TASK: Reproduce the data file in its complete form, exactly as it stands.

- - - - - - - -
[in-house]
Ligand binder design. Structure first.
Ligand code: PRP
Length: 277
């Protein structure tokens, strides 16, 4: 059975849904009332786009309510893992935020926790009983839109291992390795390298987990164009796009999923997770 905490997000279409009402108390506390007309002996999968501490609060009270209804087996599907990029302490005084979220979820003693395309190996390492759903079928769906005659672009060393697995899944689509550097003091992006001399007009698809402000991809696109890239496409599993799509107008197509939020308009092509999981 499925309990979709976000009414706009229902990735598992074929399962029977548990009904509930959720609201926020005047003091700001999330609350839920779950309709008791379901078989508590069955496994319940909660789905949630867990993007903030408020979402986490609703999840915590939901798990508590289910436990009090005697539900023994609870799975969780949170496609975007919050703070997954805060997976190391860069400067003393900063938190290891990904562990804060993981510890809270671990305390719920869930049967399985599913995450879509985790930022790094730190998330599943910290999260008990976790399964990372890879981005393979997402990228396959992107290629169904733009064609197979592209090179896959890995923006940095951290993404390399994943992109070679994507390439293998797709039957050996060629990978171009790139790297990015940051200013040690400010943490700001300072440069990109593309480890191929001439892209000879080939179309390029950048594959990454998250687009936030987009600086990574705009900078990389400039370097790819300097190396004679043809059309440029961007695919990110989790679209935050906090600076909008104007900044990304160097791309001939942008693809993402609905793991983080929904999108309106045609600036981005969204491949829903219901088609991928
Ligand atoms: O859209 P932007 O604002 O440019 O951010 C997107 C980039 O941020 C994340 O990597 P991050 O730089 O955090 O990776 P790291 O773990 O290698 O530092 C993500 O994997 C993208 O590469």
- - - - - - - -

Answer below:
[in-house]
Ligand binder design. Structure first.
Ligand code: PRP
Length: 277
């Protein structure tokens, strides 16, 4: 059975849904009332786009309510893992935020926790009983839109291992390795390298987990164009796009999923997770 905490997000279409009402108390506390007309002996999968501490609060009270209804087996599907990029302490005084979220979820003693395309190996390492759903079928769906005659672009060393697995899944689509550097003091992006001399007009698809402000991809696109890239496409599993799509107008197509939020308009092509999981 499925309990979709976000009414706009229902990735598992074929399962029977548990009904509930959720609201926020005047003091700001999330609350839920779950309709008791379901078989508590069955496994319940909660789905949630867990993007903030408020979402986490609703999840915590939901798990508590289910436990009090005697539900023994609870799975969780949170496609975007919050703070997954805060997976190391860069400067003393900063938190290891990904562990804060993981510890809270671990305390719920869930049967399985599913995450879509985790930022790094730190998330599943910290999260008990976790399964990372890879981005393979997402990228396959992107290629169904733009064609197979592209090179896959890995923006940095951290993404390399994943992109070679994507390439293998797709039957050996060629990978171009790139790297990015940051200013040690400010943490700001300072440069990109593309480890191929001439892209000879080939179309390029950048594959990454998250687009936030987009600086990574705009900078990389400039370097790819300097190396004679043809059309440029961007695919990110989790679209935050906090600076909008104007900044990304160097791309001939942008693809993402609905793991983080929904999108309106045609600036981005969204491949829903219901088609991928
Ligand atoms: O859209 P932007 O604002 O440019 O951010 C997107 C980039 O941020 C994340 O990597 P991050 O730089 O955090 O990776 P790291 O773990 O290698 O530092 C993500 O994997 C993208 O590469």